While the idea of yet another quirky-yet-gritty twentysomething coming of age tale set in Brooklyn might sound like the ultimate in cringe inducing American indie film clichés, the disarmingly witty and surprisingly poignant Appropriate Behavior heralds the arrival of a potentially major talent in the form of actress, writer, and director Desiree Akhavan. Proving a triple threat behind and in front of the camera, her tale of youthful confusion and heartbreak is spot on, broaching topics and conflicted emotions that more seasoned filmmakers still stumble over.
Akhavan plays Shirin, an out of work Persian journalist who recently got dumped by her decidedly more feminist minded girlfriend (Rebecca Henderson). Struggling with her identity after being unceremoniously (and somewhat rightfully) booted from her previously comfortable life, she’s at such a loss for feeling that she doesn’t know where to turn. She’s at odds with her soon to be married tightwad brother (Arian Moayed), and she can’t bring herself to tell her otherwise easygoing parents that she’s bisexual. She takes a job teaching five and six year olds how to be “filmmakers” for a former investment banker turned stoner educator (a scene stealing Scott Adsit). Generally she spends most of her time going on crappy OK Cupid dates that trigger mental flashbacks that leave her wondering where she went wrong in losing her last love.
Akhavan has a difficult task ahead of her. Shirin isn’t always the most likable person, but as a performer and a writer she has to make the audience feel some sort of empathy – or at the very least understanding – for her current malaise and fixation. She does so quite unsentimentally, utilizing a nice blend of belly laughs and retrained moments of quietly effective seriousness. She can often do so within the same scene, especially in the film’s frank depiction of sexuality; once when an encounter with a “social justice comedian” gives way to a tender flashback with her ex and again when an almost hilariously awkward attempted three way turns into a slow and crushing bout of loneliness. She’s able to transition deftly from being a sarcastic, headstrong know-it-all to a sad sack worthy of sympathy in a matter of moments without those aspects of her character running afoul of each other.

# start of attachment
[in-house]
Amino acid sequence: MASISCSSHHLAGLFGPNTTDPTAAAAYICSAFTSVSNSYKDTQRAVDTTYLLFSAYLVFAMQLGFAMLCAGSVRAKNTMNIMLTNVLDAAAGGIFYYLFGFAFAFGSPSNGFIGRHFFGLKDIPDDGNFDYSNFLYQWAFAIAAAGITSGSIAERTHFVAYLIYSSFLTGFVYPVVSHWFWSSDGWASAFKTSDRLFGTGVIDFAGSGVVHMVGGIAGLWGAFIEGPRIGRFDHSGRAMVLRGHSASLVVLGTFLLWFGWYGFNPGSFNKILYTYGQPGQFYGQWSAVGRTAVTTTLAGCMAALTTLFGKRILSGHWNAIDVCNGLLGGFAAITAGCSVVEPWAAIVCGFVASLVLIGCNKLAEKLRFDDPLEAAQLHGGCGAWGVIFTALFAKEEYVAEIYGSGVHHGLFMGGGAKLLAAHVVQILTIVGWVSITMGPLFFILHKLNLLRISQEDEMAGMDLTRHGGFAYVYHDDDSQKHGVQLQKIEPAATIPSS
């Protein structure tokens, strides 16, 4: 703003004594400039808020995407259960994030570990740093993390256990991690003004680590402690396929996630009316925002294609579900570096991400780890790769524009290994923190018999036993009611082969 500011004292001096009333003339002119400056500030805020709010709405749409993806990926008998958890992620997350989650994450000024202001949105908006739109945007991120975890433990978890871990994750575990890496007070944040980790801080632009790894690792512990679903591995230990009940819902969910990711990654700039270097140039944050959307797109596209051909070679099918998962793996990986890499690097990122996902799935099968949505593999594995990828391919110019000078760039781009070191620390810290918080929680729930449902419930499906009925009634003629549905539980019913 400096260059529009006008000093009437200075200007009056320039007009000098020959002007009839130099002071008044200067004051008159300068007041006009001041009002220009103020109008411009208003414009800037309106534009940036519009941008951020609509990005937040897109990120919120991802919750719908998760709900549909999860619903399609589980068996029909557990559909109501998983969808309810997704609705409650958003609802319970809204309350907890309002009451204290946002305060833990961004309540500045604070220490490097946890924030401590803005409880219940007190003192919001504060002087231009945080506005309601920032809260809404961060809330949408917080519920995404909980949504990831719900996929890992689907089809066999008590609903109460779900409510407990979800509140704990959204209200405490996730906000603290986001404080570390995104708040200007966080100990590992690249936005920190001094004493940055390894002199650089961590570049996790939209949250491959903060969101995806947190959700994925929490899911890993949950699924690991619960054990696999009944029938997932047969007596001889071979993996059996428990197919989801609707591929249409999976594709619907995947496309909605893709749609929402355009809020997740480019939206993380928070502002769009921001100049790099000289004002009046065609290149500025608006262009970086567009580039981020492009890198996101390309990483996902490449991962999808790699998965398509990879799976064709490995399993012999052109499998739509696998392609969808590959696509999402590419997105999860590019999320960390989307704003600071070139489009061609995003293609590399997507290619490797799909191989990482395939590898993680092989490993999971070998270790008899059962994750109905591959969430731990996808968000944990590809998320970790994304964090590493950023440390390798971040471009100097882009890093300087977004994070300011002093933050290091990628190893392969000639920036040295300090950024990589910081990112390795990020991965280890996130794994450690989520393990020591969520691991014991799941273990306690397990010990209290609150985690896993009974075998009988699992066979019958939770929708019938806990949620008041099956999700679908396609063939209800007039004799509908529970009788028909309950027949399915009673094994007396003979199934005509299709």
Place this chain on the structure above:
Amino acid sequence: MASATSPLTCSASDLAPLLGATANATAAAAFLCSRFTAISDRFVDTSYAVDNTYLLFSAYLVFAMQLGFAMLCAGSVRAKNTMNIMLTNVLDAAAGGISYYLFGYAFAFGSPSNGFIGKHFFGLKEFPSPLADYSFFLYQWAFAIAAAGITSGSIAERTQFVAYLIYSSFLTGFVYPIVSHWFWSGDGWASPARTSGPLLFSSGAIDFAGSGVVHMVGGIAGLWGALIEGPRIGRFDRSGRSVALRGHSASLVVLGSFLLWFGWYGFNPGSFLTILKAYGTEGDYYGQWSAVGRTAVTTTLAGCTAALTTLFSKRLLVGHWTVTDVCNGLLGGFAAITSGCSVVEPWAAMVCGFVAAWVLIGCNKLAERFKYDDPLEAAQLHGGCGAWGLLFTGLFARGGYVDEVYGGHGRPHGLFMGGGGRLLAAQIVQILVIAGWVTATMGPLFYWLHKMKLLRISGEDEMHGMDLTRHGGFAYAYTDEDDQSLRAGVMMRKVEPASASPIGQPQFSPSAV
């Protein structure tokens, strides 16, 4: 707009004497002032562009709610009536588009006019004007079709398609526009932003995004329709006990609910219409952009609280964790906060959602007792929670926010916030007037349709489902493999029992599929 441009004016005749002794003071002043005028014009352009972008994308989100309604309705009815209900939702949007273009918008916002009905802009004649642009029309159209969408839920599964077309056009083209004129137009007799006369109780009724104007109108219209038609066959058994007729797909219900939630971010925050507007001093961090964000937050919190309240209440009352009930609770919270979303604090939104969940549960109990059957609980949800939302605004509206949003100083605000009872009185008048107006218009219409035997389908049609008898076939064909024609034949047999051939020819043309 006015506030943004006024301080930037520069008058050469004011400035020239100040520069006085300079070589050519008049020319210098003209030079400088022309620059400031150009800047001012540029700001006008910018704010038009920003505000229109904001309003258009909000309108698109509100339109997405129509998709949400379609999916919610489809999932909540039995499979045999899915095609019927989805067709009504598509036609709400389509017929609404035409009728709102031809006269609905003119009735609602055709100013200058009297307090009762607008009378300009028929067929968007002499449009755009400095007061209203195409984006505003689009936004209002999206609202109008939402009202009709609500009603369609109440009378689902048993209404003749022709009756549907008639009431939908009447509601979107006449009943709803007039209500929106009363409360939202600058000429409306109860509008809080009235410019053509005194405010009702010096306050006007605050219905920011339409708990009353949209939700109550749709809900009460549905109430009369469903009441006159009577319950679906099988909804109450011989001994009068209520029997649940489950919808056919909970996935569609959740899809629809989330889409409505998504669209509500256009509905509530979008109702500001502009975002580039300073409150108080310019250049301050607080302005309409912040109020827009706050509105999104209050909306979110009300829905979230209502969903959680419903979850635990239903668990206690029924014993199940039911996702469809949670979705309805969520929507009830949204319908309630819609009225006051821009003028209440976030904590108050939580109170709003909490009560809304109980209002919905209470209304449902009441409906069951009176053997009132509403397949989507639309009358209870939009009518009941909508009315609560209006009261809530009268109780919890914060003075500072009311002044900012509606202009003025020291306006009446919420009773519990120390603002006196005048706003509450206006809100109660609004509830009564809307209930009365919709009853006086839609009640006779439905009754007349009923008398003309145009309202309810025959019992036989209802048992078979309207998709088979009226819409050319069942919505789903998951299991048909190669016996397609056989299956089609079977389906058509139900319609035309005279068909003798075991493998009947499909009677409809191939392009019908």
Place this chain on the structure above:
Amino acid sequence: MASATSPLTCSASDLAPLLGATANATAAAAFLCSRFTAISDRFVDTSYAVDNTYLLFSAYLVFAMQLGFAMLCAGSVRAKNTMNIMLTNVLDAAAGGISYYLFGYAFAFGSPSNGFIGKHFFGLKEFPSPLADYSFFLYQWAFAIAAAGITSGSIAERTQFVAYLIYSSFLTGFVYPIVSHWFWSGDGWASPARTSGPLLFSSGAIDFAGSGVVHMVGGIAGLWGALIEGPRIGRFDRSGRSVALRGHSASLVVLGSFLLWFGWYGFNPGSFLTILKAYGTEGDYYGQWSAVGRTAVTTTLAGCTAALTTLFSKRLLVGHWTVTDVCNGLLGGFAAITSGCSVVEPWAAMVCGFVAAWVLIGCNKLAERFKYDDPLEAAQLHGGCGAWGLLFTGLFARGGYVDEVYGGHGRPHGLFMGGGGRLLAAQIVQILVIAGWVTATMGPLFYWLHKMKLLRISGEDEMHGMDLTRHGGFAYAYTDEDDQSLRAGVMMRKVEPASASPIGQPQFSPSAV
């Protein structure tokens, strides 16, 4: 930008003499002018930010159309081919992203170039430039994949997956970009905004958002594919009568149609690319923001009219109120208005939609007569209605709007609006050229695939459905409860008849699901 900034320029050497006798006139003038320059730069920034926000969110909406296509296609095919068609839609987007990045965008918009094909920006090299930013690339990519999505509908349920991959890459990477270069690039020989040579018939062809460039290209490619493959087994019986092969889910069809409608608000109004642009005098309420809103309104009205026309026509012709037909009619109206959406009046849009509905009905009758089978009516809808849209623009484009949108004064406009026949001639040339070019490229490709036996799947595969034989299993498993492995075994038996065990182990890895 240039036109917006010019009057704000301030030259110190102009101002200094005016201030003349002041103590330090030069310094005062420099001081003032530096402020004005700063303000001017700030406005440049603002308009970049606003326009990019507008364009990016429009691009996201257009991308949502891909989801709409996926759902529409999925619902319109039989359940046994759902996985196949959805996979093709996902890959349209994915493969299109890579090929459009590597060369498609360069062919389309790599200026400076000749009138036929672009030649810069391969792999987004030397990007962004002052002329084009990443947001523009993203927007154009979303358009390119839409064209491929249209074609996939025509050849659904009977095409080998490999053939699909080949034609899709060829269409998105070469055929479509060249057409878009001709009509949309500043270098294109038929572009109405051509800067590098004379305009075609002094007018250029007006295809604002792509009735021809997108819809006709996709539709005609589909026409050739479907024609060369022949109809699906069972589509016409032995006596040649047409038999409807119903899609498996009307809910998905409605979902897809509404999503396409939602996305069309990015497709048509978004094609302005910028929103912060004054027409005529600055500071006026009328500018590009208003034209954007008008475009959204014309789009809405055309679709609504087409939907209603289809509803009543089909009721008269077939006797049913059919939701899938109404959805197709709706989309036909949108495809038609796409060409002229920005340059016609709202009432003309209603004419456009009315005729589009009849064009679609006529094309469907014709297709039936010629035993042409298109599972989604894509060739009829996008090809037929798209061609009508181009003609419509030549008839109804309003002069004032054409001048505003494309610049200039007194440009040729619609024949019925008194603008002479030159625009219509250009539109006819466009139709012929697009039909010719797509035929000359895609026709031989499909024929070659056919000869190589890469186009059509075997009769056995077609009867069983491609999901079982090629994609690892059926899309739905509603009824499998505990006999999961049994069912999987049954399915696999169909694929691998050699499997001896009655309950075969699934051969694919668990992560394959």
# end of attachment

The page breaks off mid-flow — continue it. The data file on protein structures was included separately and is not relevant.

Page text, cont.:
Shirin’s journey sometimes comes across as a bit overly episodic for its own good (which makes sense given that Akhavan wrote and directed a series she helped create prior to her feature debut here), but it all adds up to create an appropriately hazy bit of post-break-up malaise that’s immediately identifiable. It’s not quite hitting all the stages of grief perfectly, but the ways Shirin tries to fill in the gaps in her life are pretty instantly recognizable even if her character handles things in sometimes self-destructive or harmful ways. Then again, as the film goes on to show through well integrated flashbacks (a hard narrative structure to make seem convincing on screen), we see that her love life was pretty harmful in the first place at the best of times.
But really the biggest joy is watching a woman of color deliver a blisteringly honest and sexy look at romance without pulling any punches. While it’s sometimes apparent that she’s still trying to find what she wants to say as a writer, she has the direction and performance parts of the equation down pretty solidly. This is smart filmmaking about people at points in their lives when they have a tendency to act really stupid, and she’s wholeheartedly inviting the audience to laugh and cringe along with Shirin and not at her. The complete lack of judgement against her main character is brave, and it’s also the absolute best decision. I eagerly await what she has lined up next.